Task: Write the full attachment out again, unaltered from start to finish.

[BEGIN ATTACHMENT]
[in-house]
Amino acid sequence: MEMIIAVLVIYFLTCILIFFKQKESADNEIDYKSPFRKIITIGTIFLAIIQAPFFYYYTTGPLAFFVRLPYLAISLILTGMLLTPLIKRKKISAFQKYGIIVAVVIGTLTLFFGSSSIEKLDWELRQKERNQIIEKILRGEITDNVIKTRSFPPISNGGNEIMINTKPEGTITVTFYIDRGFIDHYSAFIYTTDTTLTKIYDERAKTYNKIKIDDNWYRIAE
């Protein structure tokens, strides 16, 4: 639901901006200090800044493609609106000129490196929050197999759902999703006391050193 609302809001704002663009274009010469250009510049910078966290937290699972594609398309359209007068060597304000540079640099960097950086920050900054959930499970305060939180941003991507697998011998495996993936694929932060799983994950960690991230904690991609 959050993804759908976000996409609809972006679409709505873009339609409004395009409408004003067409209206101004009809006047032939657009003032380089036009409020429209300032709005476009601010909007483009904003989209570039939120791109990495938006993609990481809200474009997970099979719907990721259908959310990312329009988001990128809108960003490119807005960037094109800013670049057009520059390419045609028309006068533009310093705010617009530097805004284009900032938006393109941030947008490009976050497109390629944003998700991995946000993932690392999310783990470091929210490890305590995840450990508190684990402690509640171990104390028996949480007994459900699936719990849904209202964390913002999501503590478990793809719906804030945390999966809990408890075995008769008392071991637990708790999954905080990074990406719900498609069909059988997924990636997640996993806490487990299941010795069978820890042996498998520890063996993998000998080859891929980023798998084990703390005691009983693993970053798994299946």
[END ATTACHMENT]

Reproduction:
[in-house]
Amino acid sequence: MEMIIAVLVIYFLTCILIFFKQKESADNEIDYKSPFRKIITIGTIFLAIIQAPFFYYYTTGPLAFFVRLPYLAISLILTGMLLTPLIKRKKISAFQKYGIIVAVVIGTLTLFFGSSSIEKLDWELRQKERNQIIEKILRGEITDNVIKTRSFPPISNGGNEIMINTKPEGTITVTFYIDRGFIDHYSAFIYTTDTTLTKIYDERAKTYNKIKIDDNWYRIAE
């Protein structure tokens, strides 16, 4: 639901901006200090800044493609609106000129490196929050197999759902999703006391050193 609302809001704002663009274009010469250009510049910078966290937290699972594609398309359209007068060597304000540079640099960097950086920050900054959930499970305060939180941003991507697998011998495996993936694929932060799983994950960690991230904690991609 959050993804759908976000996409609809972006679409709505873009339609409004395009409408004003067409209206101004009809006047032939657009003032380089036009409020429209300032709005476009601010909007483009904003989209570039939120791109990495938006993609990481809200474009997970099979719907990721259908959310990312329009988001990128809108960003490119807005960037094109800013670049057009520059390419045609028309006068533009310093705010617009530097805004284009900032938006393109941030947008490009976050497109390629944003998700991995946000993932690392999310783990470091929210490890305590995840450990508190684990402690509640171990104390028996949480007994459900699936719990849904209202964390913002999501503590478990793809719906804030945390999966809990408890075995008769008392071991637990708790999954905080990074990406719900498609069909059988997924990636997640996993806490487990299941010795069978820890042996498998520890063996993998000998080859891929980023798998084990703390005691009983693993970053798994299946």